While Philipsen has been smashing pro races over the last fortnight, Lotto-Soudal U23 have kept Gerben Thijssen much quieter. He has been mostly racing kermesses and local races in Belgium, but did produce fifth in the sprint at Paris-Troyes two weeks ago against established pros to showcase his form. His chances may be hampered by Philipsen’s presence, but DS Kevin De Weert will want more than one option in this race, as Belgium seek their first win in this race since it became an U23 only event. Thijssen also lacks experience in these races, after his team deemed him not ready for the Classics in 2017. However, he does have the speed to win if a group comes to the line and his obvious talent is undeniable. He will hope he has as successful a debut Classics campaign as Philipsen had last season.
Gabriel Cullaigh has a much weaker team than the Belgians, with three first year U23s in Joe Nally and Fred Wright, as well as track stars Adam Hartley and Mathew Walls. However, he is absolutely flying at the moment, winning two impressive uphill sprints in the Volta ao Alentejo. Furthermore, this is Cullaigh’s final season at this level, meaning he has extra motivation, as well as experience that other riders just don’t have. He also haa experience with this race, finishing 3rd in the 2016 edition behind Mads Pedersen and Anders Skaarseth, which proves his qualities as a rider are suited to the Flandrian Classics. While he may not be as purely fast in a sprint as the Belgians, a hard race and his tactical nous make the Brit a rider to fear in this race for sure.
Nils Eekhoff doesn’t have an amazing record in Flemish races, but he is still only 19 and is already a big name in the U23 Classics, although that is what usually happens when you win Paris-Roubaix. Furthermore, he is in great shape, with 14th in his first race at Trofej Porec followed by the prologue win in Istrian Spring Trophy and 4th place on the final day’s sprint. Winning small group sprints is a talent of Nils, as he won Roubaix last year from a group of riders. While he is no sprinter, a hard race and reduced finish does suit the Dutchman, making him a big player in this race.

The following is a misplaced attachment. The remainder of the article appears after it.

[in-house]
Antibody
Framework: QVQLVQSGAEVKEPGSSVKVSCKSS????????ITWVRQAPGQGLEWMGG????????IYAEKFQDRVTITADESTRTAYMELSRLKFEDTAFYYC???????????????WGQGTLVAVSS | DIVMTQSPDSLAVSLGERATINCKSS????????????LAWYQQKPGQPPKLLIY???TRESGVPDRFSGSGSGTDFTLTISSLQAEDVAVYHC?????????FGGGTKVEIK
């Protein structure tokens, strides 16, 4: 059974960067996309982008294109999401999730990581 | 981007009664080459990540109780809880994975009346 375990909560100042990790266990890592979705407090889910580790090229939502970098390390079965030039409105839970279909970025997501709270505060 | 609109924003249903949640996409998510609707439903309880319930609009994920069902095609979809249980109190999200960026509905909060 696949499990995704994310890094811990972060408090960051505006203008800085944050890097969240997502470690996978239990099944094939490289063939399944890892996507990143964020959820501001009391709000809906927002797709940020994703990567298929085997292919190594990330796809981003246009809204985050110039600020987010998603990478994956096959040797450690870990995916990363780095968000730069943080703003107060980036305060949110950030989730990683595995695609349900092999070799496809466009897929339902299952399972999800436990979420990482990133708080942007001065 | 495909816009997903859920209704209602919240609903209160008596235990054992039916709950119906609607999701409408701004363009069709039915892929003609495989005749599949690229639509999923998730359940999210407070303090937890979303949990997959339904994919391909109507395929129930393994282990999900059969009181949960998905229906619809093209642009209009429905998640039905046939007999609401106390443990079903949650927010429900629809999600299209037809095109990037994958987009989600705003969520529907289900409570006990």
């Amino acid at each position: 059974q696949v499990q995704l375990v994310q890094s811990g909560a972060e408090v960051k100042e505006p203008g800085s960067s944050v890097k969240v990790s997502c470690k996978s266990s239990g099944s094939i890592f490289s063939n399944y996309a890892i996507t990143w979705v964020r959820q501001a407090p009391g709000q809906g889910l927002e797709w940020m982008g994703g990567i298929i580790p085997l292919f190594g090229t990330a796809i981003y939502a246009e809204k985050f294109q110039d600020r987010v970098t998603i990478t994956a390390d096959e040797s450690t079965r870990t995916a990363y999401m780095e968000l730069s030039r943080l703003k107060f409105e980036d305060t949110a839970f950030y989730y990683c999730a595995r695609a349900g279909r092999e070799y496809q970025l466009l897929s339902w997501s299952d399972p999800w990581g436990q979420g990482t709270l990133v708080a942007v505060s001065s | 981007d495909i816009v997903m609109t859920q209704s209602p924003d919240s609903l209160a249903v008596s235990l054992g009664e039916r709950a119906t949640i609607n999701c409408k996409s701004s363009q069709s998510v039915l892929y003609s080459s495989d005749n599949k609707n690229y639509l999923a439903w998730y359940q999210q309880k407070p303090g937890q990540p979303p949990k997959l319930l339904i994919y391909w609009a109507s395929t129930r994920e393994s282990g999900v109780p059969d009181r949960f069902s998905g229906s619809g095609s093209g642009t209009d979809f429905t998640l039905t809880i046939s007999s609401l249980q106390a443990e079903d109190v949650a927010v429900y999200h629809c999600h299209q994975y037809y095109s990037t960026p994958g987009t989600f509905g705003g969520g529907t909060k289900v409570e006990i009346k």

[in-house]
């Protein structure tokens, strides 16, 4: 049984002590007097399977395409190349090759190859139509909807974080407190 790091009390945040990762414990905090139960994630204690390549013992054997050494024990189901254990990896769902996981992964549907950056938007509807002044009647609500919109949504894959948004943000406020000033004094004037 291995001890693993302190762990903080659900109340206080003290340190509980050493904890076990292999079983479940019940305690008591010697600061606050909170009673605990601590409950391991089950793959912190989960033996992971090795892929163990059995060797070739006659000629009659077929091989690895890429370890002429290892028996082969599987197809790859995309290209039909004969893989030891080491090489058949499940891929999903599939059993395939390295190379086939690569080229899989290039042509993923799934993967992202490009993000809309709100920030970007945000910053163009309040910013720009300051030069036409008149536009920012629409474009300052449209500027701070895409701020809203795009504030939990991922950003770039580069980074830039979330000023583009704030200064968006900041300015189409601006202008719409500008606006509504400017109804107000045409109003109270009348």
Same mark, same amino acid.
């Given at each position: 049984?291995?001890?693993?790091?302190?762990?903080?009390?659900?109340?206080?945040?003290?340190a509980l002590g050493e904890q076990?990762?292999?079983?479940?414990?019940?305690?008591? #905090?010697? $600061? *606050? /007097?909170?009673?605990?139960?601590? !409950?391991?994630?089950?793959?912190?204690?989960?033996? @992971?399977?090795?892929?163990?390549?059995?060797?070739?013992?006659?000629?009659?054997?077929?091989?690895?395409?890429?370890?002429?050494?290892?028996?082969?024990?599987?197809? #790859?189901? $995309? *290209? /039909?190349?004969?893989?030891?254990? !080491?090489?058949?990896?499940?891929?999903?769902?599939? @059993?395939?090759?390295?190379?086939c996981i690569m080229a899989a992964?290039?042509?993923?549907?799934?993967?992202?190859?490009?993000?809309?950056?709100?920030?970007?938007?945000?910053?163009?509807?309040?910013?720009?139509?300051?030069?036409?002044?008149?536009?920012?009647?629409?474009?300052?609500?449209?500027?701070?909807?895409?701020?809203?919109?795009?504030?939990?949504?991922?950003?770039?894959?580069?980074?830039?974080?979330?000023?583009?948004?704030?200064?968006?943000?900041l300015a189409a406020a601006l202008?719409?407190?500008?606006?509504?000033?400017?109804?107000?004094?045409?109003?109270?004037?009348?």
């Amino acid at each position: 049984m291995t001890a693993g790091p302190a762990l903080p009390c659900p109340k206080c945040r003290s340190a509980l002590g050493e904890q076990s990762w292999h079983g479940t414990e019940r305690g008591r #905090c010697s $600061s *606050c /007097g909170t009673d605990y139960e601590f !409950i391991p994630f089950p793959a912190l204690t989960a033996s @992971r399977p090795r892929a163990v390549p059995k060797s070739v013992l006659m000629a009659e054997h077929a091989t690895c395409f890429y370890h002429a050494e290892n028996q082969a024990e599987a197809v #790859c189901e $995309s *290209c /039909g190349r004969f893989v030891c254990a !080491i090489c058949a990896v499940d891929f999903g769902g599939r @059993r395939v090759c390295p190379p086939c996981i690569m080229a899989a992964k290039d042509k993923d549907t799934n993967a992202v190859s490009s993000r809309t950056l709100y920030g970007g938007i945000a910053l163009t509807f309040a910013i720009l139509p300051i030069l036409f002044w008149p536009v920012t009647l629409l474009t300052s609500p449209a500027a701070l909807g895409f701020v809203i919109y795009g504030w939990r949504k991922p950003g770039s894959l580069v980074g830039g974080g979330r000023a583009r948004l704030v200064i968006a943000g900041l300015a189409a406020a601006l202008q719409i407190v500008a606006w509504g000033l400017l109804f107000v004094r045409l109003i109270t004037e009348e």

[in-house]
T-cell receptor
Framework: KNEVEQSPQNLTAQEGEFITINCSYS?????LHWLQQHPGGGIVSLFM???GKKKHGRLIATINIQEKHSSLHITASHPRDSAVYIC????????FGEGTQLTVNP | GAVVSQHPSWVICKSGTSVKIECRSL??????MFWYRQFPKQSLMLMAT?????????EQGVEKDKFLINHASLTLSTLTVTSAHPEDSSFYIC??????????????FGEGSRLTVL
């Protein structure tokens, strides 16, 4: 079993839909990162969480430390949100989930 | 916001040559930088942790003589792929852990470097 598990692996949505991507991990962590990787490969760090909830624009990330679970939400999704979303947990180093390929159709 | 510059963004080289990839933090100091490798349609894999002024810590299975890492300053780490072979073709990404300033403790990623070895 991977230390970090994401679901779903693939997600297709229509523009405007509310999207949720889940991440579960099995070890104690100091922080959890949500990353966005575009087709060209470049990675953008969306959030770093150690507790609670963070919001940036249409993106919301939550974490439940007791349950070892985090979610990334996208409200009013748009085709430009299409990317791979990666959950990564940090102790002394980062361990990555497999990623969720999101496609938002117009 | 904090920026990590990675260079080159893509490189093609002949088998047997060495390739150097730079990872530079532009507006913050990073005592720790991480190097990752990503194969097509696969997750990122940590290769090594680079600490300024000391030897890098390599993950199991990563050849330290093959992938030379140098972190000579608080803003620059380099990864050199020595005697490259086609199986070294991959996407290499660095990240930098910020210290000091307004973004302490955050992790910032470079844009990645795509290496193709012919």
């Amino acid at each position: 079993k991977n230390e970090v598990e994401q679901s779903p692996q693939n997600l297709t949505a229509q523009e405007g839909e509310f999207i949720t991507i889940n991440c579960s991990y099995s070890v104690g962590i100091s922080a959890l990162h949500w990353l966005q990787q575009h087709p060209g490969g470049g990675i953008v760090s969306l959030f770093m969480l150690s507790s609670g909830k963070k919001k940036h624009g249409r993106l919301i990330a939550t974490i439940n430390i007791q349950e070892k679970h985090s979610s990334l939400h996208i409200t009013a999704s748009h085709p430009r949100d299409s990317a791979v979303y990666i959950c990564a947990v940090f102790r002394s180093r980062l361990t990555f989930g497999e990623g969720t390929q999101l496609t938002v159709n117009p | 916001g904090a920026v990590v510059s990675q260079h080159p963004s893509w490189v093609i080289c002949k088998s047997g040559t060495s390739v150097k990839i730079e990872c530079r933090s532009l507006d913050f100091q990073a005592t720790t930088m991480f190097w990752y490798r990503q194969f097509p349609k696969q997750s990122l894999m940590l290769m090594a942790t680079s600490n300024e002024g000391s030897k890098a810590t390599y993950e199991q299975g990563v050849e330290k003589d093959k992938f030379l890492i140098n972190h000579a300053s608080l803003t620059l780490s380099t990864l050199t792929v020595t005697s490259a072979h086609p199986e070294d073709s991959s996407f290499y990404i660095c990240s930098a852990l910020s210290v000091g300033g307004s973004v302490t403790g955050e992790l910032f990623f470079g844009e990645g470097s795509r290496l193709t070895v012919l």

When Eekhoff was fourth in the last day sprint in Croatia, teammate Max Kanter was third. Kanter is a faster sprinter than Eekhoff and the German already has some pedigree in one-day races. 6th in Trofej Umag this year adds to 18th in Flanders last year, as well as 7th in both the Worlds RR and Paris-Tours. What Kanter lacks in top cobbled results he makes up for with his one-day racing ability. He told U23 Cycling Zone last year he dreams of winning Milan-Sanremo, and this race has a similar parcours and difficulty level. This is an ideal place for the German to shine.
Back in January, we proclaimed Mikkel Honore to be one of the most versatile riders in the U23 peloton, and we have not been disappointed. Equally as good in one-day races and stage races, Honore is the on-form rider in a Danish team that is probably the strongest in the race, with Mathias Norsgaard and Andreas Stokbro rounding into shape, as well as having Andreas Kron, 6th here last season. Honore himself was 13th here last season, as well as 8th in both Flanders and Liege, before he rounded out 2017 with 10th in Lombardy. Despite working for teammate Kasper Asgreen in Istrian Spring Trophy, Mikkel still finished 4th overall, showcasing his great shape. He lacks a sprint, which is his big weakness, but the Danes are sure to ride an attacking race in an attempt to spring someone solo, and Honore has the best form for that.